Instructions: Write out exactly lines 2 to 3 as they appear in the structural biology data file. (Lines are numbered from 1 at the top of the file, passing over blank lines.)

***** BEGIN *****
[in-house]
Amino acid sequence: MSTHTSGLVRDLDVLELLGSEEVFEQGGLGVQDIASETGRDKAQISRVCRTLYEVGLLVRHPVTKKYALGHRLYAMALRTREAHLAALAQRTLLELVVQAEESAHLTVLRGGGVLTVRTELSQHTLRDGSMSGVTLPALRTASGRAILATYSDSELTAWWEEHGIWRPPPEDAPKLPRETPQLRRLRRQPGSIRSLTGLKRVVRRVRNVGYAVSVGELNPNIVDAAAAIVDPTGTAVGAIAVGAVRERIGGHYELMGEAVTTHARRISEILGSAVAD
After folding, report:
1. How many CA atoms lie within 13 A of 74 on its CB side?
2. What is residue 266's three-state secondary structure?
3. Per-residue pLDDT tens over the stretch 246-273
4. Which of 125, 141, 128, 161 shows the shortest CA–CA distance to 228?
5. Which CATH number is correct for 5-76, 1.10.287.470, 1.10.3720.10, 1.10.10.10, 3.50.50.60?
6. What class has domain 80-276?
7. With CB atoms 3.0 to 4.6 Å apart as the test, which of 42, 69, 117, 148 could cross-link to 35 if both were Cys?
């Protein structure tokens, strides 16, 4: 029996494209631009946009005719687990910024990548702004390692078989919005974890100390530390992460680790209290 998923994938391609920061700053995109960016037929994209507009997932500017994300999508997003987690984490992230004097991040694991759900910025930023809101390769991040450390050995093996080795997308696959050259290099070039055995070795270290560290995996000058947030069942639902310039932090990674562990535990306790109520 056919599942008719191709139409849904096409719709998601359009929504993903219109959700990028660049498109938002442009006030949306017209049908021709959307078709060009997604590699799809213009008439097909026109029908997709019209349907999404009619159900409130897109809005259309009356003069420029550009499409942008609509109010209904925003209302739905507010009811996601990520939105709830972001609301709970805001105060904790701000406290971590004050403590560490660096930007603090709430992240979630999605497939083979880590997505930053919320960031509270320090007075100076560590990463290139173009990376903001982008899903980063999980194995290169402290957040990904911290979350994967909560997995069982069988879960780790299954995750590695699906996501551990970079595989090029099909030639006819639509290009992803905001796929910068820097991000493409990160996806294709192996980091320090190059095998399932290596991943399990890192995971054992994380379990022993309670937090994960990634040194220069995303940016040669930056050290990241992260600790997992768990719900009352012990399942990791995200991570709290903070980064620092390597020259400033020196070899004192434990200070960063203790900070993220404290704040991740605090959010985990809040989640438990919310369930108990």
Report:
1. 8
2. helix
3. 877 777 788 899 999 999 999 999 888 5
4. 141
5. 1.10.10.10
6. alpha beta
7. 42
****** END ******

Amino acid sequence: MSTHTSGLVRDLDVLELLGSEEVFEQGGLGVQDIASETGRDKAQISRVCRTLYEVGLLVRHPVTKKYALGHRLYAMALRTREAHLAALAQRTLLELVVQAEESAHLTVLRGGGVLTVRTELSQHTLRDGSMSGVTLPALRTASGRAILATYSDSELTAWWEEHGIWRPPPEDAPKLPRETPQLRRLRRQPGSIRSLTGLKRVVRRVRNVGYAVSVGELNPNIVDAAAAIVDPTGTAVGAIAVGAVRERIGGHYELMGEAVTTHARRISEILGSAVAD
After folding, report: